CBA North West’s spring conference earlier this May took a look at the archaeology of war in the region from the 18th to the 20th century: hence the title ‘turrets to trenches’. The talks ranged from the archaeology of the first Falklands War in 1770-1, and its regional connections (Rob Philpott); digging up Hulme Barracks in Manchester – the home of the 35th? Hussars who were involved in the Peterloo Massacre of 1819 (me – see my earlier blog Excavating Peterloo from August 2013), First World war munition workers’ housing on Merseyside (Helen Caffrey); the home defence of Prestwich in World War Two (Craig Brisbane); and the archaeology of tank traps across Greater Manchester (Kevin Wright). The day was put in its context at the beginning of the morning by Phil Abramson’s overview of the archaeology to be found on the Ministry of Defence’s estates: barrows to bunkers one might say.
The programme was varied, the talks excellent, and the venue appropriate – the Fusiliers’ Museum in Bury. The day was conceived as the first part of two military archaeology conferences (the second being on castles in November 2014), that would take a broader view of the place of military archaeology studies. A key aim of the day was to also avoid the fashion and focus for all things World War One, in this hundredth anniversary year.
Military archaeology is a sensitive subject in the profession as is the excavation of human remains (see my earlier blog Richard the Third and all that… from February 2013) because, I suspect, this is the archaeology of violence and death. Several CBA North West members cited the archaeology of death and violence as a reason not to come whilst others accused us of following the ‘fashion’ for exploiting the First World War. Are all the events this year exploiting rather than commemorating the start of the First World War? On balance I would suggest not. The two world wars of the 20th century (there have been others in the 19th century – the Napoleonic Wars – and 18th century – the seven years war) lie within living memory which adds an extra poignancy to the activities across the UK this year. Thus, both my grandfathers fought in the First World War and my father, mother-in-law, and father-in-law in the second. My daughter as an officer in the army cadets regularly takes teenagers to visit the battlefields of northern France in November, a moving experience for most on the trips.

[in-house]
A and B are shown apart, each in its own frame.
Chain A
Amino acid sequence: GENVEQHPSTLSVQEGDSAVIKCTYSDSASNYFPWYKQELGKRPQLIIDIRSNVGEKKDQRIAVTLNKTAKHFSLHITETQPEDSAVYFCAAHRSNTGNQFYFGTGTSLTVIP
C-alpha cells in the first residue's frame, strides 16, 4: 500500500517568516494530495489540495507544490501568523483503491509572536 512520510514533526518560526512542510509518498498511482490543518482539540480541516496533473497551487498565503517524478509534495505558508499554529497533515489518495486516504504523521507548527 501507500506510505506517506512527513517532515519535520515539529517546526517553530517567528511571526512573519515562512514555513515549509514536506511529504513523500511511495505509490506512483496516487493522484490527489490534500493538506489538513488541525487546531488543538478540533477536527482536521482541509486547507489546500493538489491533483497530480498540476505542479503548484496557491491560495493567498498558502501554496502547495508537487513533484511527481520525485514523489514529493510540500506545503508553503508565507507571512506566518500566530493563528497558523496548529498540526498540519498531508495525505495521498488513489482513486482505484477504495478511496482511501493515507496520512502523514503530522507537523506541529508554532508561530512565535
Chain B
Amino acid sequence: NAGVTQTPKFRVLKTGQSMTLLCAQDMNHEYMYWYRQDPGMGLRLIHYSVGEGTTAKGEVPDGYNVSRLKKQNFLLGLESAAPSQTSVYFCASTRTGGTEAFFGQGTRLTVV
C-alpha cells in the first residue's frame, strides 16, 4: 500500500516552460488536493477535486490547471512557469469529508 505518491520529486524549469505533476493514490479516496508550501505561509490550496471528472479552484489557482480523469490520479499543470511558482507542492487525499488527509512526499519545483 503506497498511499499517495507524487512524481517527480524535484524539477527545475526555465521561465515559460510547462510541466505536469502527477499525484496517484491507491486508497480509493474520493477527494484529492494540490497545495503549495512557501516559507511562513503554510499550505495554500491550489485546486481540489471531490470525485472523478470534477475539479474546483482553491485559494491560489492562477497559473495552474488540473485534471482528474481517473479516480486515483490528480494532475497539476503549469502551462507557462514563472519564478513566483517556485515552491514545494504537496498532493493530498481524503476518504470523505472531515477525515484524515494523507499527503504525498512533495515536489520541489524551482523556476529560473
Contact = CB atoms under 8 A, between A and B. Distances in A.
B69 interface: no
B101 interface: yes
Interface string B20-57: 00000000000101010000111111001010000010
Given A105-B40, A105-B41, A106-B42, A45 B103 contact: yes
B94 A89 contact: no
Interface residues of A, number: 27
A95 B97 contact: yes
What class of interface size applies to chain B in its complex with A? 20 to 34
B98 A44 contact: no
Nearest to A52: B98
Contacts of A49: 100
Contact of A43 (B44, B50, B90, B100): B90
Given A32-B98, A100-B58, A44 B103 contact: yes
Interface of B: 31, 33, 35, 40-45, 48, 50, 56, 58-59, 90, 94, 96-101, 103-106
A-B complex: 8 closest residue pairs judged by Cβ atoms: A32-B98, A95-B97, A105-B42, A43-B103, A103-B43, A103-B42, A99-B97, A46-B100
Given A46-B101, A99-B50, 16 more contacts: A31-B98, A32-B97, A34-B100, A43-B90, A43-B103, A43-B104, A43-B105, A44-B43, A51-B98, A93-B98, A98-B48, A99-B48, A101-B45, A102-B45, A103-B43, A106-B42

As ever archaeology, with its roots based in the physicality of the past, provides unique evidence that can be very emotive, especially when it studies recent events related to war. The CBA’s national project, Home Front Legacy, which will run from 2014 to 2018, is generating a huge amount of interest amongst archaeology volunteers, with its own website (www.himefrontlegacy.org.uk), facebook (facebook.com/homefrontlegacy) and twitter (@homefrontlegacy) accounts, and an online toolkit for getting involved. There is already a level of interest for a CBA project not seen since the Defence of Britain project in the mid-1990s. All of which suggests, as Phil Abramson pointed out at the CBA North West conference, that military archaeology has come of age, with a range of techniques and questions specifically tailored to study the archaeology of war and its wider landscape and social consequences. This is not fashion but commemoration, recognition, and record in a way that only archaeology can provide.